From a life-changing commitment to a confidence-booster like no other, here’s what happened when these reluctant dieters lost 20 stone between them…
‘Doing this together has made us closer’
Andri Ford, 31, and Mo Osman, 33, live in Essex and both work in secondary schools. They’ve been together for 16 years and chart their weight loss journey on their Instagram account @ww_losinglbs_together
Andri Start weight: 15st 5 1/2lb Current weight: 11st 7lb
Mo Start weight: 17st 5lb Current weight: 12st 10lb
Looking through holiday photos after a trip to Dubai in 2018 was my wake-up call. I didn’t think I was overweight but my size had gradually spiralled out of control. Seeing how I really looked, I knew it was time to make a change.
My health insurer had an introductory offer for WW, Weight Watchers Reimagined, so I gave it a go. My first weigh-in was a shock. I panicked when I saw the numbers on the scale. My WW coach Angela went over the plan, encouraging me to take it step by step and not rush into starving myself. By the end of the meeting I felt excited but anxious about telling my partner Mo. I knew it would be hard for me to stick to the plan if he continued eating the same way. He didn’t think he needed to lose weight and though I didn’t want to hurt his feelings, I knew we both needed to do this. To persuade him to join, I said that I really needed his support, and gently mentioned how improving our health was important. He was sceptical at first, but could see how much this meant to me and he signed up the following week.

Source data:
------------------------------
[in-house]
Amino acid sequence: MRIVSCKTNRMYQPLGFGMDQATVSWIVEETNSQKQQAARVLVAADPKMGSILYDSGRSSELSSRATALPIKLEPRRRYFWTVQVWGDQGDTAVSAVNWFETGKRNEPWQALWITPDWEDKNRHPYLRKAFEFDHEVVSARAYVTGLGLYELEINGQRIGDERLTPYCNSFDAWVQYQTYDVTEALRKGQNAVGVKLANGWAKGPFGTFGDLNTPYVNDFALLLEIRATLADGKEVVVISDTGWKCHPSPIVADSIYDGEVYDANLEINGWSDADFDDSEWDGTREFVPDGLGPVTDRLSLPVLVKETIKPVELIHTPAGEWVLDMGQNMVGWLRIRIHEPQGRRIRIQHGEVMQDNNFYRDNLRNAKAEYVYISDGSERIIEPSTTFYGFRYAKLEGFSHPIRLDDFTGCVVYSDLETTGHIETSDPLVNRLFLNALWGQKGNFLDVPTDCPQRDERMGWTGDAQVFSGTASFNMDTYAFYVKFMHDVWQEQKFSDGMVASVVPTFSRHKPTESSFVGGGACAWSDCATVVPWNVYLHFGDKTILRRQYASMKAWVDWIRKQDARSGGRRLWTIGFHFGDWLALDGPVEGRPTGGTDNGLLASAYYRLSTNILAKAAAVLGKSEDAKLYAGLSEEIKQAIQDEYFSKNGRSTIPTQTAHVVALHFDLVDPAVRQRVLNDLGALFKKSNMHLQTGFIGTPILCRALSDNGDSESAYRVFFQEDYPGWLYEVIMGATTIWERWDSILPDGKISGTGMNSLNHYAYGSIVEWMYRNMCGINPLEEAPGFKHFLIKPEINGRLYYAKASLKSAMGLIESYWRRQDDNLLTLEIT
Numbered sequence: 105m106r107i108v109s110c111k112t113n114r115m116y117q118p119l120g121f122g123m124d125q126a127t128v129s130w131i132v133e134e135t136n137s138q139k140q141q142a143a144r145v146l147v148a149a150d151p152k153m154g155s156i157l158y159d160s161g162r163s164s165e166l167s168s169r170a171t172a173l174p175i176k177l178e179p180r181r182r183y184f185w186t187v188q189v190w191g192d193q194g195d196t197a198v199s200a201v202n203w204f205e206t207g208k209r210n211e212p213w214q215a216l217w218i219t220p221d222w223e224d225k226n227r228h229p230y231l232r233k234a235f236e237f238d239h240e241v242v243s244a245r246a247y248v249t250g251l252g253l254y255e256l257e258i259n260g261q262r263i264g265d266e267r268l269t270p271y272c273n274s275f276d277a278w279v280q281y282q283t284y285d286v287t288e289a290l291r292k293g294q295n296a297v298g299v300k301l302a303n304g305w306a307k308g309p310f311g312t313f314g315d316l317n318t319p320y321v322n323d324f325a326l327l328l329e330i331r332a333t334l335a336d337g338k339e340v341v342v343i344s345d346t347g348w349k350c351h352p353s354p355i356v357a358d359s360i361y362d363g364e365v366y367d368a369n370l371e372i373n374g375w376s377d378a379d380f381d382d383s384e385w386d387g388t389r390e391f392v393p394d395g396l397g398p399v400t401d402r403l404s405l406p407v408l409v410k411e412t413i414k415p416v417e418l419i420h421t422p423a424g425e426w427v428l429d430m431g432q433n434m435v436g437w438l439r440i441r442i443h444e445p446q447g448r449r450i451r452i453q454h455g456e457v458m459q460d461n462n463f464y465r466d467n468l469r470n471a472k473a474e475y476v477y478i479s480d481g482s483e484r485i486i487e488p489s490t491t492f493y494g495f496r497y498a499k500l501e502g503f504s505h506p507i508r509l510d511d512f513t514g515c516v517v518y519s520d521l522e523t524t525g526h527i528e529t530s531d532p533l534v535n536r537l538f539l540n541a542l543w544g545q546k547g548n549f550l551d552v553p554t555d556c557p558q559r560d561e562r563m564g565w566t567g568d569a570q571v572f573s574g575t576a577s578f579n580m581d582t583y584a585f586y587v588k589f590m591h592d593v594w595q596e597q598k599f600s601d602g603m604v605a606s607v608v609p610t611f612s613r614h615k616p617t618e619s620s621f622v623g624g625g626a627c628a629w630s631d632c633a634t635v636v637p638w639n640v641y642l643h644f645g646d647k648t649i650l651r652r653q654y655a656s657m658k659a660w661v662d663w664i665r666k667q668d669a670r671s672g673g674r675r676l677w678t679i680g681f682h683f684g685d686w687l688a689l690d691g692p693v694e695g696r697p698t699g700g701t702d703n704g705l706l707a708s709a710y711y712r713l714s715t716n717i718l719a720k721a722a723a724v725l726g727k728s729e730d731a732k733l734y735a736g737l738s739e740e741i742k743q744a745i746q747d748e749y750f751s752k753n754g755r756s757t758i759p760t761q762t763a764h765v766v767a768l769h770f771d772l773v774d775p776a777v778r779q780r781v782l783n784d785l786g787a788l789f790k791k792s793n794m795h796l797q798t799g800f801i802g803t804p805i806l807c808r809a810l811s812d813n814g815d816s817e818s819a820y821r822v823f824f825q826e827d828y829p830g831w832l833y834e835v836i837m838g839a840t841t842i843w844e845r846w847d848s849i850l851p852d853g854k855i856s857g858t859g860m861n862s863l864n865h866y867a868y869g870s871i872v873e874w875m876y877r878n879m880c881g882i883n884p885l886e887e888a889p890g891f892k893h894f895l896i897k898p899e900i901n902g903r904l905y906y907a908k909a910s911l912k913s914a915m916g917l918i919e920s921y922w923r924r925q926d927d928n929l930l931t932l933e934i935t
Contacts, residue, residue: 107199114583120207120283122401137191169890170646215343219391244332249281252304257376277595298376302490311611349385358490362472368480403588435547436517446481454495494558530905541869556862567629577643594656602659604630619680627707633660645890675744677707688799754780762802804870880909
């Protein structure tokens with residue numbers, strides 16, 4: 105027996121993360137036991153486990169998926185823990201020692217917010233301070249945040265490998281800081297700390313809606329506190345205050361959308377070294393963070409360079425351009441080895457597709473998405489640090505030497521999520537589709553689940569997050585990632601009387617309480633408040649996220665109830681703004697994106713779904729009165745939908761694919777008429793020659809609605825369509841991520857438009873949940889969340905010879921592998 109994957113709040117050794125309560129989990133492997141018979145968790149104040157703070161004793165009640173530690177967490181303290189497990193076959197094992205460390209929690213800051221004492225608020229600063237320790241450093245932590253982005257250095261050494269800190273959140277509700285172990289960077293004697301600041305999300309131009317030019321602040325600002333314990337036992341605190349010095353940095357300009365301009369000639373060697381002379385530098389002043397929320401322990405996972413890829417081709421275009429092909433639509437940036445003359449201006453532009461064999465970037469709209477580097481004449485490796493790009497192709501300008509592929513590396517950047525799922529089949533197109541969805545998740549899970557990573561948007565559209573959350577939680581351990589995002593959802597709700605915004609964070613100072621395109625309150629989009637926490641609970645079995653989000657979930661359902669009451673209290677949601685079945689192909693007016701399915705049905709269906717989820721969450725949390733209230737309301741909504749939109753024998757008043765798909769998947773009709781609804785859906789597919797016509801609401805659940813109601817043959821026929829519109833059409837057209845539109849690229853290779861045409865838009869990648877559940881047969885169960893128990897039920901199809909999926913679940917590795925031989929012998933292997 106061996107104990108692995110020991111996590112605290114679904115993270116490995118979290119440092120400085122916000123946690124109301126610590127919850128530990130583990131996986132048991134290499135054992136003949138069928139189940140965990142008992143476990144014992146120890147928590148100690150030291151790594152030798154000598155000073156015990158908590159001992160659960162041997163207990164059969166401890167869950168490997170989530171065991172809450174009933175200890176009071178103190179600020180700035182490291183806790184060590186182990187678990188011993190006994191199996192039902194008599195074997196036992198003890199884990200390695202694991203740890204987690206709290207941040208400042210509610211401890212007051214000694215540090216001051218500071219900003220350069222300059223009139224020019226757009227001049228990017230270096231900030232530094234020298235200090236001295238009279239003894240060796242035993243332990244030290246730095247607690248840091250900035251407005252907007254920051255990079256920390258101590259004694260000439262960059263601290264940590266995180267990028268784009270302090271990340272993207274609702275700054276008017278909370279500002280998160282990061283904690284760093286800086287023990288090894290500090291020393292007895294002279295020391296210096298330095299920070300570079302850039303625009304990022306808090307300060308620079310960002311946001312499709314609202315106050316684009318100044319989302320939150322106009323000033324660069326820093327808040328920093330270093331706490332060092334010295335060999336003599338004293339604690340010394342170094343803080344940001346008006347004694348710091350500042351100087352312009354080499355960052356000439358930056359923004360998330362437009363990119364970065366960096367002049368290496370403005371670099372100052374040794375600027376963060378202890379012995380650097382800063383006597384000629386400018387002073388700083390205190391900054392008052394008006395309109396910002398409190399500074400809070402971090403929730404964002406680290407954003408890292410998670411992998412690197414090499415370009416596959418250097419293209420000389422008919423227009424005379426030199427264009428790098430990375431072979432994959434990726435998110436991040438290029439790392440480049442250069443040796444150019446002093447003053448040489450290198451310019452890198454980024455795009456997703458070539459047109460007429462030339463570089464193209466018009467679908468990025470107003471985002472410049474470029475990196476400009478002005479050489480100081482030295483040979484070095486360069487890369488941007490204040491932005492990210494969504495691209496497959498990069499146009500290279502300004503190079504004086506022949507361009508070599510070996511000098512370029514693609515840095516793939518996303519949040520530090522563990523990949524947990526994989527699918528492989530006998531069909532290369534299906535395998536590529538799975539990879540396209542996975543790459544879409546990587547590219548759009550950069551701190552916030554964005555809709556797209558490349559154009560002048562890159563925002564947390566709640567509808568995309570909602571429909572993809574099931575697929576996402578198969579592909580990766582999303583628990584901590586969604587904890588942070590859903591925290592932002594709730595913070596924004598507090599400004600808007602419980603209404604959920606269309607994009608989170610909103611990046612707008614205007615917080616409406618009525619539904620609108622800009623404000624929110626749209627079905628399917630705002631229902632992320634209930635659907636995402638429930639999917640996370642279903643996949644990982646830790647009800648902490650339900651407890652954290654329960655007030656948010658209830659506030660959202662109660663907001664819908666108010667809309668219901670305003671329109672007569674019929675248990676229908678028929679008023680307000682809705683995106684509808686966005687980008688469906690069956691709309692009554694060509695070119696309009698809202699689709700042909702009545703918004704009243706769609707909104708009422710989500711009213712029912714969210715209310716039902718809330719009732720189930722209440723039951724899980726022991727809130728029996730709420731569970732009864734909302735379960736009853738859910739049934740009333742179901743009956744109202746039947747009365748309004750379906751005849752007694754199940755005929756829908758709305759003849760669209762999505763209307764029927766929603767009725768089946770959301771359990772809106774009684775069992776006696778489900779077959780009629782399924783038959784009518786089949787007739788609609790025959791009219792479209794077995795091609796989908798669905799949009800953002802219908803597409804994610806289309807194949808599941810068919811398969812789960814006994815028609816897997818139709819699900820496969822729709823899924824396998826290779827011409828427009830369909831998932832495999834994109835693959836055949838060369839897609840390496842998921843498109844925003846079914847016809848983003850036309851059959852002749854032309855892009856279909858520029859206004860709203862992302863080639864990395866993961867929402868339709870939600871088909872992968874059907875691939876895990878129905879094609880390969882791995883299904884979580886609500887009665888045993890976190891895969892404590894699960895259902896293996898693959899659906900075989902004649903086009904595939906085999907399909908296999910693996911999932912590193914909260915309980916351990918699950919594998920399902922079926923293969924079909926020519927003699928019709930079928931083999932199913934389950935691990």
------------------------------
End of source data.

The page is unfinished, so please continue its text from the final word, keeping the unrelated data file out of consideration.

We bought kitchen scales as our pitfall was portion control. If we had pasta for dinner we just ate to our hearts’ content. The first time we weighed a portion of pasta we thought there’s no way that’s going to fill us up. But we learned to bulk it up with vegetables.
On bad days it was tempting to give up, but if I came home and fancied a slice of chocolate cake, Mo would say, ‘Do you really want to spend your points on that tonight?’ Or, ‘If we’re going to treat ourselves to cake let’s go for a run first.’ We encouraged each other to earn it. Away from home, the trickiest thing was resisting the office biscuits. Every time I made a cup of tea, I’d grab a handful. I had to ask my colleagues not to leave the packet by my desk but when they saw me losing weight (I lost my first stone in five weeks) they wanted to support me.